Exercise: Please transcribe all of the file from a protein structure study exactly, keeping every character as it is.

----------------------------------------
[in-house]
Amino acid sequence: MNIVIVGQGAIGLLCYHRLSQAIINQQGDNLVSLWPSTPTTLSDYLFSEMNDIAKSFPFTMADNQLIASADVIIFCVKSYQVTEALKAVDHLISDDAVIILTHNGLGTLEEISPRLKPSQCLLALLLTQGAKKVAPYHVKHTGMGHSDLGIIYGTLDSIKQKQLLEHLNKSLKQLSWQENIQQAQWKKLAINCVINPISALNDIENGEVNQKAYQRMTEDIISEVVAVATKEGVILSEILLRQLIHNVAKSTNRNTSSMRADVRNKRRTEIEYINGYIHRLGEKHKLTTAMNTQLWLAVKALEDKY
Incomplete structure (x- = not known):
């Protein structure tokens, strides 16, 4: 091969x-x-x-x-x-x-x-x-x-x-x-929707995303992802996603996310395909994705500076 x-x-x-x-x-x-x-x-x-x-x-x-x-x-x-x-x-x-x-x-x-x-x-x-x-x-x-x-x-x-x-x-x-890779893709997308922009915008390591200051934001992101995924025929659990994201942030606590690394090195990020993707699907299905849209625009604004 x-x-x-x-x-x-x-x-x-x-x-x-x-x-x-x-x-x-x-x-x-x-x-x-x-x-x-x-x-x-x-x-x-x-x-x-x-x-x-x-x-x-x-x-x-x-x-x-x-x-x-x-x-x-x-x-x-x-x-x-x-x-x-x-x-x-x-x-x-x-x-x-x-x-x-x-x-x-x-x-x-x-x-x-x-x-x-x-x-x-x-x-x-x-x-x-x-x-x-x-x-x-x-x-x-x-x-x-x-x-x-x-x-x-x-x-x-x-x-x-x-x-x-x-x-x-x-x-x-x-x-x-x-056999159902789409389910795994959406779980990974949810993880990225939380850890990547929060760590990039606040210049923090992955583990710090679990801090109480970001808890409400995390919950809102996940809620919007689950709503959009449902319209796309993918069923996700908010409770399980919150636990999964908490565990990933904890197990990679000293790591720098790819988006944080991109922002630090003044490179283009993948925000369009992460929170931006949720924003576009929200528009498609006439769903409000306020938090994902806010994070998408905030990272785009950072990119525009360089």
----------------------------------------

[in-house]
Amino acid sequence: MNIVIVGQGAIGLLCYHRLSQAIINQQGDNLVSLWPSTPTTLSDYLFSEMNDIAKSFPFTMADNQLIASADVIIFCVKSYQVTEALKAVDHLISDDAVIILTHNGLGTLEEISPRLKPSQCLLALLLTQGAKKVAPYHVKHTGMGHSDLGIIYGTLDSIKQKQLLEHLNKSLKQLSWQENIQQAQWKKLAINCVINPISALNDIENGEVNQKAYQRMTEDIISEVVAVATKEGVILSEILLRQLIHNVAKSTNRNTSSMRADVRNKRRTEIEYINGYIHRLGEKHKLTTAMNTQLWLAVKALEDKY
Incomplete structure (x- = not known):
């Protein structure tokens, strides 16, 4: 091969x-x-x-x-x-x-x-x-x-x-x-929707995303992802996603996310395909994705500076 x-x-x-x-x-x-x-x-x-x-x-x-x-x-x-x-x-x-x-x-x-x-x-x-x-x-x-x-x-x-x-x-x-890779893709997308922009915008390591200051934001992101995924025929659990994201942030606590690394090195990020993707699907299905849209625009604004 x-x-x-x-x-x-x-x-x-x-x-x-x-x-x-x-x-x-x-x-x-x-x-x-x-x-x-x-x-x-x-x-x-x-x-x-x-x-x-x-x-x-x-x-x-x-x-x-x-x-x-x-x-x-x-x-x-x-x-x-x-x-x-x-x-x-x-x-x-x-x-x-x-x-x-x-x-x-x-x-x-x-x-x-x-x-x-x-x-x-x-x-x-x-x-x-x-x-x-x-x-x-x-x-x-x-x-x-x-x-x-x-x-x-x-x-x-x-x-x-x-x-x-x-x-x-x-x-x-x-x-x-x-056999159902789409389910795994959406779980990974949810993880990225939380850890990547929060760590990039606040210049923090992955583990710090679990801090109480970001808890409400995390919950809102996940809620919007689950709503959009449902319209796309993918069923996700908010409770399980919150636990999964908490565990990933904890197990990679000293790591720098790819988006944080991109922002630090003044490179283009993948925000369009992460929170931006949720924003576009929200528009498609006439769903409000306020938090994902806010994070998408905030990272785009950072990119525009360089």